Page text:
Playing With Hot Lights. Next Year's Hip Trend.

Love flashes.  They're really cool.  But the hot light for me right now is the hot light.  I love to shoot portraits.  That's what I do.  But I hate being dependent on flash for my lighting.  You don't really see what you get when you are looking through the camera and you have to wait around for the damn things to recycle. Then there is the whole depth of field thing you have to deal with.  Always looks good when you look through lens.  And who ever uses that "depth of field" button?  The heck with all that.  I've started shooting my portraits with several tungsten halogen lights and I'm really happy.  For a number of reasons.

1.  In a studio or other controlled environment I see exactly what I get.  Really.

2.  With a D700 I can shoot at 800 ISO and get exposures like 1/400th at f4.  That means I can shoot at 8 frames a second if I want to/ need to. Wow.  8 frames a second for as many shots as I want without ever worrying about recycle time.

3.  With a 1,000 watt light shining though one layer of scrim material you have all the light your camera ever wanted for lightning fast focus.  On the money focus with no hesitation.

4.  Imagine being able to shift shutter speeds until you find just the aperture you always dreamed of for your shoot.  With perfect focus every time.

5.  Keep your pizza next to the 1K and it will stay warm.  

So, I'm doing the season brochure for my favorite theater (Zachary Scott Theater) and we're doing portraits of actors.  Here's the lighting set up:

One Profoto ProTungsten fixture with a 1,000 watt FEL lamp.  (The discontinued Profoto tungsten light takes all the regular modifiers and is fan cooled.)  One Magnum reflector set to full flood.  All this is aimed through a six foot by six foot white two stop silk.  The silk is set about three feet from the actor.  Yummy directional softlight.  Add a little bit of fill from a Chimera 4x4 foot reflector panel and you've got the main light locked.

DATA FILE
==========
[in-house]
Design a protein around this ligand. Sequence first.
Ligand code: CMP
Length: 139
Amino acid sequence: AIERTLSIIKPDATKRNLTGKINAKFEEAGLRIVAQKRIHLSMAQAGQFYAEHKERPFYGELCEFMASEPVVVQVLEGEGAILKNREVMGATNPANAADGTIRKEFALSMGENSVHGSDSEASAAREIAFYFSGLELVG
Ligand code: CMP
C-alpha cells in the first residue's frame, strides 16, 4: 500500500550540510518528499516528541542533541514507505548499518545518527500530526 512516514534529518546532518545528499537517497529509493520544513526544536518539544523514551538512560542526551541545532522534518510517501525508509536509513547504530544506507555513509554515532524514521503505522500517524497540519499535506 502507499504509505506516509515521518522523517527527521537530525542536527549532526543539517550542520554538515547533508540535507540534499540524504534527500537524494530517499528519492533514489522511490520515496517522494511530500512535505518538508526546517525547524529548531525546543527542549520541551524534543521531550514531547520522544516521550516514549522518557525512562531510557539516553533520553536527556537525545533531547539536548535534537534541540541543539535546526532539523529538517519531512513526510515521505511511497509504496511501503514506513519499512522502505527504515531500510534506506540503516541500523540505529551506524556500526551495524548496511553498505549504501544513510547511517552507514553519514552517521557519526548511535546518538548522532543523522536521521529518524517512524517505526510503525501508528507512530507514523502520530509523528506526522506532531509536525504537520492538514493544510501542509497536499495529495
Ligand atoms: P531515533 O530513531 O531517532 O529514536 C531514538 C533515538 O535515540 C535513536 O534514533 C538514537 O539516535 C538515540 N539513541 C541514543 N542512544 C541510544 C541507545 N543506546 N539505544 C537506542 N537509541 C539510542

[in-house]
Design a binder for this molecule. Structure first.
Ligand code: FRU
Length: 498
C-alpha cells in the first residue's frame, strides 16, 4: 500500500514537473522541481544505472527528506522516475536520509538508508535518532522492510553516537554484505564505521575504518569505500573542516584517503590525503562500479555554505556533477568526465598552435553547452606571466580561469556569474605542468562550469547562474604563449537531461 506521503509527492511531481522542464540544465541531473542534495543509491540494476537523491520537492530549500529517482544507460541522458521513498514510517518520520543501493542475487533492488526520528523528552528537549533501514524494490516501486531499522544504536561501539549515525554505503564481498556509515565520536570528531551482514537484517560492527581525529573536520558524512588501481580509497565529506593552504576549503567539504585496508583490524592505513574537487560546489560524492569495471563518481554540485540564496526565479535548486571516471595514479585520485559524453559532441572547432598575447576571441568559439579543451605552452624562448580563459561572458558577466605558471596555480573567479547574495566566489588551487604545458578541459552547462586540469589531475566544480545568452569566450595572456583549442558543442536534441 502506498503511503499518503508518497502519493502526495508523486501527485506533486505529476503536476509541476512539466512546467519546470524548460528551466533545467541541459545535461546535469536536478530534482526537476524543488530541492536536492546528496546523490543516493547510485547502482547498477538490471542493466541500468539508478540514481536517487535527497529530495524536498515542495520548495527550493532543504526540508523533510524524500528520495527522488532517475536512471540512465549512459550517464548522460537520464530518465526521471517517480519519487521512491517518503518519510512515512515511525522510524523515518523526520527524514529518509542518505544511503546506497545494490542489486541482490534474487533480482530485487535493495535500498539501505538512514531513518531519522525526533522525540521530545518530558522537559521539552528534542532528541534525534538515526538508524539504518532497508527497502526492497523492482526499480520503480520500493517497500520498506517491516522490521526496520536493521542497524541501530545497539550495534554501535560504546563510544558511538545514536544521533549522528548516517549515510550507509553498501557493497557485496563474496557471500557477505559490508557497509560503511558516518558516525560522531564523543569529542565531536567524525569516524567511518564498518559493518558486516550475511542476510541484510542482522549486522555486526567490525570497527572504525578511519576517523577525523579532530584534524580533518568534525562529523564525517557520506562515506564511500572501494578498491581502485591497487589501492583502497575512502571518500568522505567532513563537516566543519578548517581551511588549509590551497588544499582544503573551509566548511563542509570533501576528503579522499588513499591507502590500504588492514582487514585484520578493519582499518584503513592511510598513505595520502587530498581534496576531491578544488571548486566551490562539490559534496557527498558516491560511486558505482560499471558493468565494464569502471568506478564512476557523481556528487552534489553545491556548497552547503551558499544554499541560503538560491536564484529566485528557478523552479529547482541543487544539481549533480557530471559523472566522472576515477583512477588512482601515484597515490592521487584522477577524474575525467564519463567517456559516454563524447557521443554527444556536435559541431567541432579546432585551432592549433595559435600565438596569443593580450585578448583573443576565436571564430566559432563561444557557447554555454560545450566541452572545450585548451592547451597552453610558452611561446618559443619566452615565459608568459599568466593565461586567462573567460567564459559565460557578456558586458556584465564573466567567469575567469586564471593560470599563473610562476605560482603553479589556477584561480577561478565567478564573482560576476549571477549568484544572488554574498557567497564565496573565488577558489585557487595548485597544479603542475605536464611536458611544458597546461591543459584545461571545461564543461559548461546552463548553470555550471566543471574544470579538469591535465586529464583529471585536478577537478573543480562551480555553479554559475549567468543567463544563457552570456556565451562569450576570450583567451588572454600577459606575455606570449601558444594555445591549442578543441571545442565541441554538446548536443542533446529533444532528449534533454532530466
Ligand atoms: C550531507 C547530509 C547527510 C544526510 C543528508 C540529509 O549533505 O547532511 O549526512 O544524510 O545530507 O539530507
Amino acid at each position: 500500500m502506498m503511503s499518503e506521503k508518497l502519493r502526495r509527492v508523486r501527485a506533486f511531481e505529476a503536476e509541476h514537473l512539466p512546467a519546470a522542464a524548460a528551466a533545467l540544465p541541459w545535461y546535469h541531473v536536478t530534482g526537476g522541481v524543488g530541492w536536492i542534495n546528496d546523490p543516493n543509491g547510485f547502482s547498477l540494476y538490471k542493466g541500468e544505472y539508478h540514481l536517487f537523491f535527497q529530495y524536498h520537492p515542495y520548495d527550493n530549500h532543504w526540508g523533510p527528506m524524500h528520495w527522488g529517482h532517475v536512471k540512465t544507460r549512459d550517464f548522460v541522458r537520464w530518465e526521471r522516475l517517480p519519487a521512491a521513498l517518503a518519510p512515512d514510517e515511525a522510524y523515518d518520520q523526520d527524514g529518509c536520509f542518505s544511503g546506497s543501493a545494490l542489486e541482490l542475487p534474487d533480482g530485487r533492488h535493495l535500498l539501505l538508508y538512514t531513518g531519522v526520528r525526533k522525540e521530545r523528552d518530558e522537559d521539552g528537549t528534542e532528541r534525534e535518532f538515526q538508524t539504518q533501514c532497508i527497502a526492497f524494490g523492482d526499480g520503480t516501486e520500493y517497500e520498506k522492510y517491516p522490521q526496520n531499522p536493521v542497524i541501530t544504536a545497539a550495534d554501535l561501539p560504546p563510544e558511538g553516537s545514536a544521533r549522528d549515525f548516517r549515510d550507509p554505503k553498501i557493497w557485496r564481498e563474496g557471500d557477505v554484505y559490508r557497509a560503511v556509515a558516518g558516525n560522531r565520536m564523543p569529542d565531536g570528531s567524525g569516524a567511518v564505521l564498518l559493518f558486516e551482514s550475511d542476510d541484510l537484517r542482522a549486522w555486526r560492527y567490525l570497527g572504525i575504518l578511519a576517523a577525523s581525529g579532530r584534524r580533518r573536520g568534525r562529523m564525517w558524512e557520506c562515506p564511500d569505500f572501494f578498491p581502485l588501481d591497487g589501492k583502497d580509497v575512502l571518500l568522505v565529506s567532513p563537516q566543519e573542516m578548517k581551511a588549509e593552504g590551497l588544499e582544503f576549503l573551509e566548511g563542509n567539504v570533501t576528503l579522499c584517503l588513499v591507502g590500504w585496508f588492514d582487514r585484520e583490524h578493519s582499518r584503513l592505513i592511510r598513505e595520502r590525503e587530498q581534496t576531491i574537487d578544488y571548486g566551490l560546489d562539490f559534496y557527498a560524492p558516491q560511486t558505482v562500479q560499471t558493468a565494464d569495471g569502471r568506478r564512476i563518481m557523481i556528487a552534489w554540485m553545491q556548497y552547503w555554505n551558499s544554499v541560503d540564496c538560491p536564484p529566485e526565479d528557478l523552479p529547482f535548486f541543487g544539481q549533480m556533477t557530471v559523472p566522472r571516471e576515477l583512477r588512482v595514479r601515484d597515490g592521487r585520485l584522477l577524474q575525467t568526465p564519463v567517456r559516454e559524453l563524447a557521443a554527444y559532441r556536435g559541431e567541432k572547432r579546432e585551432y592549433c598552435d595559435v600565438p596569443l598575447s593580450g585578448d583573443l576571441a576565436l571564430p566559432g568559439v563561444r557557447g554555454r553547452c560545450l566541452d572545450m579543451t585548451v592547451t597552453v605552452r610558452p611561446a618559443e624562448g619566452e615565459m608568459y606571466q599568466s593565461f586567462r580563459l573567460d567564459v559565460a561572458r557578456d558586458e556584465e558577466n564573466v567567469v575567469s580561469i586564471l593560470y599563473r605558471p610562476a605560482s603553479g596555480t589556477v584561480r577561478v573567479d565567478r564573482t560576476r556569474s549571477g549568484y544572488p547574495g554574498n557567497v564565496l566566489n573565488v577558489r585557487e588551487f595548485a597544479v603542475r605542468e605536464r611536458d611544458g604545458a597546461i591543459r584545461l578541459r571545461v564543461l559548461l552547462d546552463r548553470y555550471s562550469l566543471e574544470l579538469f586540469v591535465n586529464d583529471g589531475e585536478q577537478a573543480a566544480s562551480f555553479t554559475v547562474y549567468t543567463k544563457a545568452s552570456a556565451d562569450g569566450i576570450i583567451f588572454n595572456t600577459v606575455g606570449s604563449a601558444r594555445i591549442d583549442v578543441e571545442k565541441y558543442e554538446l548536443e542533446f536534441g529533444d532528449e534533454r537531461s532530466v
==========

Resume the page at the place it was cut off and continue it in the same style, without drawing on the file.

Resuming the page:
The gray canvas background is thirty feet back from the subject and is lit by a Desisti 300 watt spotlight with the barndoors clamped down a bit.  That's the whole ball of wax.  One person set up in 30 minutes or less.

Radical thought:  I used my D700 in the high quality Jpeg setting because I was so certain that what I saw on the meter, in the finder and on the screen was just right.  I preset the color balance at 3150K and looking on my calibrated monitor back at the studio I was right on the money.  Why jpeg?  Because the new Nikon bodies automatically fine tune every lens you put on the front, eliminating CA, vignetting and sharpness issues.  With the new color settings everything is just about perfect right out of camera.  Why correct raw files if you've already landed not only in the ballpark but right across the plate?

I shot fifteen hundred files tonight and we've got more to shoot tomorrow.  I threw away five that didn't work out.  I'll let the client make the more subtle edits....

If you haven't shot portraits with a set of tungsten lights you are certainly missing out on a cheap thrill.  I'm not sure I ever want to go back to strobe.  You might not either.

Marketing note:  If everyone else is chasing the same look doesn't it make sense to find your own niche?

To sleep.  Perchance to dream.  Of tungsten lights.....